Juan María Osuna
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Juan María Osuna (1785 – March 5, 1851) was an early settler of San Diego, California.
Juan María Osuna was born 1785 in California to Juan Hismerio Osuna and Maria Alvarado. He was a soldier and corporal of the San Diego Company and settled in San Diego. Juan María Osuna was District elector in 1830 and took part in the Mexican Revolution of 1831.
After retiring as a corporal, Osuna and his family were the first to build on the plain outside the Presidio of San Diego. He built a three-room adobe with his sons and a dispensary.
In 1833, with five other male citizens, Osuna urged the governor to establish a pueblo (town) government for San Diego, to replace 60-some years of military rule. On January 1, 1835, this came to reality and Osuna was elected the first Alcade of San Diego pueblo. Lt. Santiago Argüello, the last Commandant of San Diego Presidio gave Osuna his staff of office, symbolizing the transfer of government from the military to civilian self-rule. He defeated Pío Pico by 13 votes. Pico later became the last Mexican governor of Alta California. Osuna also served as juez de pas (justice of the peace) 1839–40 and 1846.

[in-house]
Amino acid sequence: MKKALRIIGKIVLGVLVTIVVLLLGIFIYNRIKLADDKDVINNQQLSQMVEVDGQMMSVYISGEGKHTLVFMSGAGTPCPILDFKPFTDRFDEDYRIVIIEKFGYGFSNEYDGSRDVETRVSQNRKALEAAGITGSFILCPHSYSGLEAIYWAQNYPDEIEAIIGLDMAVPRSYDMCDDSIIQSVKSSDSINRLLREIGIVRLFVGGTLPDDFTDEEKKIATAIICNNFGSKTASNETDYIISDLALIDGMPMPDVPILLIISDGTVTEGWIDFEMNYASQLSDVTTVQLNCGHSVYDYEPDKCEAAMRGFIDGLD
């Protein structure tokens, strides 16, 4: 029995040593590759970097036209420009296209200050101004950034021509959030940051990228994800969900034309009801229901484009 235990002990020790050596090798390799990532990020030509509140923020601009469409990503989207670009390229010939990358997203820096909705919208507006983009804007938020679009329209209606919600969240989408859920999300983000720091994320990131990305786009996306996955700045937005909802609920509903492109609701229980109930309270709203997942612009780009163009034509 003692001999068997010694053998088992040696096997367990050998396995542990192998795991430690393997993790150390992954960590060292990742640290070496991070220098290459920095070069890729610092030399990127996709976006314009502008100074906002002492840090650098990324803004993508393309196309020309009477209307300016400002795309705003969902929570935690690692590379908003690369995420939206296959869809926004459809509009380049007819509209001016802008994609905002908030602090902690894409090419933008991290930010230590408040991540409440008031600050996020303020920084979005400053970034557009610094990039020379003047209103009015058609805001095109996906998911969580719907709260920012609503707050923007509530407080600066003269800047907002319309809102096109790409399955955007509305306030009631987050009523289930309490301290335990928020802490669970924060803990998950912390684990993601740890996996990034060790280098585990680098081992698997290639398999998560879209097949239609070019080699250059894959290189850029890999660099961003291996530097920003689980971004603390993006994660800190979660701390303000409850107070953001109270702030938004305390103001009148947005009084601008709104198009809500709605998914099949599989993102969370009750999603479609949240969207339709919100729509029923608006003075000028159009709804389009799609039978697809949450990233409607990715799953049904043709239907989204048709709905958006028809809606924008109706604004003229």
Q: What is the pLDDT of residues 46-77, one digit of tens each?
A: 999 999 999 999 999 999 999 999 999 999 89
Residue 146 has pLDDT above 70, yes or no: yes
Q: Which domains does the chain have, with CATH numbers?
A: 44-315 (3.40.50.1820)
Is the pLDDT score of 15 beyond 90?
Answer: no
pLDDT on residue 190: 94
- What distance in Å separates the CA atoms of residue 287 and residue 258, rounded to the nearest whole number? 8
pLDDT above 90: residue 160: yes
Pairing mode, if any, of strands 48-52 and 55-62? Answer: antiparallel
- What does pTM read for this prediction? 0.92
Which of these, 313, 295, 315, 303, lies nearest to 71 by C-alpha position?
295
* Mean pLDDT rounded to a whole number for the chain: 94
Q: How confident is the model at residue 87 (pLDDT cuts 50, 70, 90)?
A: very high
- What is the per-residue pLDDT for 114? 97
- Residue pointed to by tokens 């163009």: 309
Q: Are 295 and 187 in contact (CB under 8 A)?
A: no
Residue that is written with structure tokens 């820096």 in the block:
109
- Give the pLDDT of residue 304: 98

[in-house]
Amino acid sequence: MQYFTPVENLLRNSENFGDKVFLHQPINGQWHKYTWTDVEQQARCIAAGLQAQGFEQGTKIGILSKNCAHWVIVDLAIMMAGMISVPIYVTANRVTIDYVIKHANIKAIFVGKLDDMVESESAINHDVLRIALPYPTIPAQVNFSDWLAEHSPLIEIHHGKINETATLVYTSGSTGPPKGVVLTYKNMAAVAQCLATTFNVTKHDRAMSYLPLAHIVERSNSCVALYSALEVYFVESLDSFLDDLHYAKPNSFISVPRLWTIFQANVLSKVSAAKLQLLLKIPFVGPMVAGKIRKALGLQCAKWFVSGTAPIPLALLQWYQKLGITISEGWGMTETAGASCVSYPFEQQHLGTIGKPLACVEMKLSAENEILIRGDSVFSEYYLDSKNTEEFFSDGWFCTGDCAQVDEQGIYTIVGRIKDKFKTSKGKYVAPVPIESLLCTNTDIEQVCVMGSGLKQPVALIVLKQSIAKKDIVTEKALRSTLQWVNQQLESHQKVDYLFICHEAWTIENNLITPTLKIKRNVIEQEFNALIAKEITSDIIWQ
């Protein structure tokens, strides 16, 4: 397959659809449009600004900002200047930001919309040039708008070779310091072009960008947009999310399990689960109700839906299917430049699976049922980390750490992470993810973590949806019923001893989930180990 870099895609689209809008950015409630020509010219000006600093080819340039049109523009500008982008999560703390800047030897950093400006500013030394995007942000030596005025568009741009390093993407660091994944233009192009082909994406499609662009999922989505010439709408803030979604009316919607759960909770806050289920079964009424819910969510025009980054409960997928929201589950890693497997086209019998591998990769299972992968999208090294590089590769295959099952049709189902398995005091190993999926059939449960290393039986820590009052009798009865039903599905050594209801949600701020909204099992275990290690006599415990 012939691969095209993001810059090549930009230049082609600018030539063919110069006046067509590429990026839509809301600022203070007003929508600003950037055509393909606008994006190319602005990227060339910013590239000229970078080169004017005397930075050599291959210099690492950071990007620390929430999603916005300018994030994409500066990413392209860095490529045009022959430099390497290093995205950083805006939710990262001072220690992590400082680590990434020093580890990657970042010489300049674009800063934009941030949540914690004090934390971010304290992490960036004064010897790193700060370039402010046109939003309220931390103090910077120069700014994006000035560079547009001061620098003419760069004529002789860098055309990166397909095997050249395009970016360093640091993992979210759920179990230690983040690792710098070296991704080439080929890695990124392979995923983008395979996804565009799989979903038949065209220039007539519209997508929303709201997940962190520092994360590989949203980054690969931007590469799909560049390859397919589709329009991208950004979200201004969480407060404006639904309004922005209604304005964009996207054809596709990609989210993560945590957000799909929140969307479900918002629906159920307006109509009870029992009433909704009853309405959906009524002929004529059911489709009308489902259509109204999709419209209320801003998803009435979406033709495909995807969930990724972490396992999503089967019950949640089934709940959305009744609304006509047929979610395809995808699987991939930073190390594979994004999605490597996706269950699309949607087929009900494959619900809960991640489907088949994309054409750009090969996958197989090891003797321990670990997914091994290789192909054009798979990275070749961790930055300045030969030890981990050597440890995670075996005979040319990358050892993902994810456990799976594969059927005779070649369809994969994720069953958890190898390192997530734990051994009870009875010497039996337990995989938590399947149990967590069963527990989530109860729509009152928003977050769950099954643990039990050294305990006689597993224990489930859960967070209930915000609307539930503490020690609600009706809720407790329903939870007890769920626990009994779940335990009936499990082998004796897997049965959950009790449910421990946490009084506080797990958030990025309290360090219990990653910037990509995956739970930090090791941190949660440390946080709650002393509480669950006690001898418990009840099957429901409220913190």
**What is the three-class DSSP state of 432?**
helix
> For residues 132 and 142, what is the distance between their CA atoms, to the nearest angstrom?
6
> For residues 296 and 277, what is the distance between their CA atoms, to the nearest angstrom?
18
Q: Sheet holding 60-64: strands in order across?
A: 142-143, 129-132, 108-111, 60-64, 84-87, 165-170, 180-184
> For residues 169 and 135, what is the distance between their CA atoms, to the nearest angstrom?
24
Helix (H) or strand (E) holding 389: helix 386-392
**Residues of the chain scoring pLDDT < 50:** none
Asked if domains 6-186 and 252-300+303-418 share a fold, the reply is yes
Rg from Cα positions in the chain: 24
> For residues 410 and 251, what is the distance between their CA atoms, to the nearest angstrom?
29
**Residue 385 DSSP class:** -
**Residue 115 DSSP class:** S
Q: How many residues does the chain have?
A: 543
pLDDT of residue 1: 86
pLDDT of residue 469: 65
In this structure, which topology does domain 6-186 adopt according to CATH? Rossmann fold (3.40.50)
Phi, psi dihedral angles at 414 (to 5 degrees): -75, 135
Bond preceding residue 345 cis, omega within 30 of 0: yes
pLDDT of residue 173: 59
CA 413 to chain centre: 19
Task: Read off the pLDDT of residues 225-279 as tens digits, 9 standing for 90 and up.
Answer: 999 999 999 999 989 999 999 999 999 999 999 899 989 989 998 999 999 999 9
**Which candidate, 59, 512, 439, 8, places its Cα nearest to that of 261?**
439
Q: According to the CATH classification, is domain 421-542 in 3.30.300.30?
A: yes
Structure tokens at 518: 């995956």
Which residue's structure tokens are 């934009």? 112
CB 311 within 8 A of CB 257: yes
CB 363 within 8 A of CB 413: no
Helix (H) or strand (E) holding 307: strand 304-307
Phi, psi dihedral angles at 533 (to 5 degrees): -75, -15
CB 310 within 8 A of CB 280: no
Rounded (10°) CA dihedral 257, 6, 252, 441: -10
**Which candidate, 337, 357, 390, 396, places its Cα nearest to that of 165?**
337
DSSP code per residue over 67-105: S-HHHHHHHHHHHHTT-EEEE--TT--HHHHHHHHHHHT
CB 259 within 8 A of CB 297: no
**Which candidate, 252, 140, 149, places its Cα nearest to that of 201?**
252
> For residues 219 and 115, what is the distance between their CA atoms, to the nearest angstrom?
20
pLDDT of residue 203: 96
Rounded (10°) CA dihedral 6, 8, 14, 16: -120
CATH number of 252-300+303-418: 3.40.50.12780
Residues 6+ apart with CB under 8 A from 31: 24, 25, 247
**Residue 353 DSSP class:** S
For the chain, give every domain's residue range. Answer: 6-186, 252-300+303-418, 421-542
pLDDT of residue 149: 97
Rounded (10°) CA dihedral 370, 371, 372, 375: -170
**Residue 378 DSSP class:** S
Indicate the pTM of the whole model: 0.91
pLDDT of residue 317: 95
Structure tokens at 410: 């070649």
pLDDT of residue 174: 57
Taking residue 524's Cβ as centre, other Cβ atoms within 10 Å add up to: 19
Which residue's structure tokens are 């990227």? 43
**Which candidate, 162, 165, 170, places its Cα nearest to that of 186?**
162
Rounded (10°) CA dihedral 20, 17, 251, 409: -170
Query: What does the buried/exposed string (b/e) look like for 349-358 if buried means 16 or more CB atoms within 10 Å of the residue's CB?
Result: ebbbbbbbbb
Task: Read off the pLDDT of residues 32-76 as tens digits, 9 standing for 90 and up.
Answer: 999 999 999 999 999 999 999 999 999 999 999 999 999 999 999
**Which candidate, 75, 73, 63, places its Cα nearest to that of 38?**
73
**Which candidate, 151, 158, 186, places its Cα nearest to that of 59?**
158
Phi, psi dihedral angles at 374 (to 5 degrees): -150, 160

On February 15, 1806 Juan María Osuna married María Juliana Josepha Lopez, who was born March 16, 1791 to Juan Francisco Lopez, of the Portolà Expedition) and María Feliciana Arballo de Gutierrez. Their daughter Felipa married Juan María Marrón, their daughter Luguarda married José María Alvarado, and their two sons were Leandro and Ramon.
Juan María Osuna was granted Rancho San Dieguito, 25 miles (40 km.) north of San Diego along the coast, during 1836–1845. He raised cattle and horses on the ranch. Osuna had a weakness in gambling and had to sell some of his land to pay off his debts. Today Rancho San Dieguito is known as Rancho Santa Fe, an exclusive residential area. Juan María Osuna's adobe, overlooking the San Dieguito River Valley, has been restored and is part of The Inn at Rancho Santa Fe.
During the Mexican–American War Juan María Osuna remained loyal to Mexico. In 1846, U.S. troops occupied his San Diego home and his youngest son Santiago was killed. His last years were difficult under U.S. rule as he didn't speak English and was unfamiliar with U.S. law and customs.
Osuna died 1851, and is buried in El Campo Santo Catholic Cemetery in Old Town San Diego. A modern headstone reads "Juan Maria Osuna Died 1851 First Alcalde Of San Diego". His wife died December 22, 1871 and was buried next to him.
- "San Dieguito Rancho", Historic Ranchos of San Diego by Cecil C. Moyer, Richard F. Pourade, ed. (1960)
- Biography (San Diego Historical Society) from Smythe's History of San Diego (1907), p. 171.
- "A Political History of a Mexican Pueblo: San Diego from 1825 to 1845 Part I", The Journal of San Diego History 12:3 (Fall 1966) by Lucy Killea
- "Tradition and Today: The Osuna Story" The Journal of San Diego History 14:2 (1968)
- 1850 Census, San Diego, California, p. 278A
- Early California Population Project, www.huntington.org, Mission San Juan Capistrano baptismal record #03846 of daughter shows his parents' names.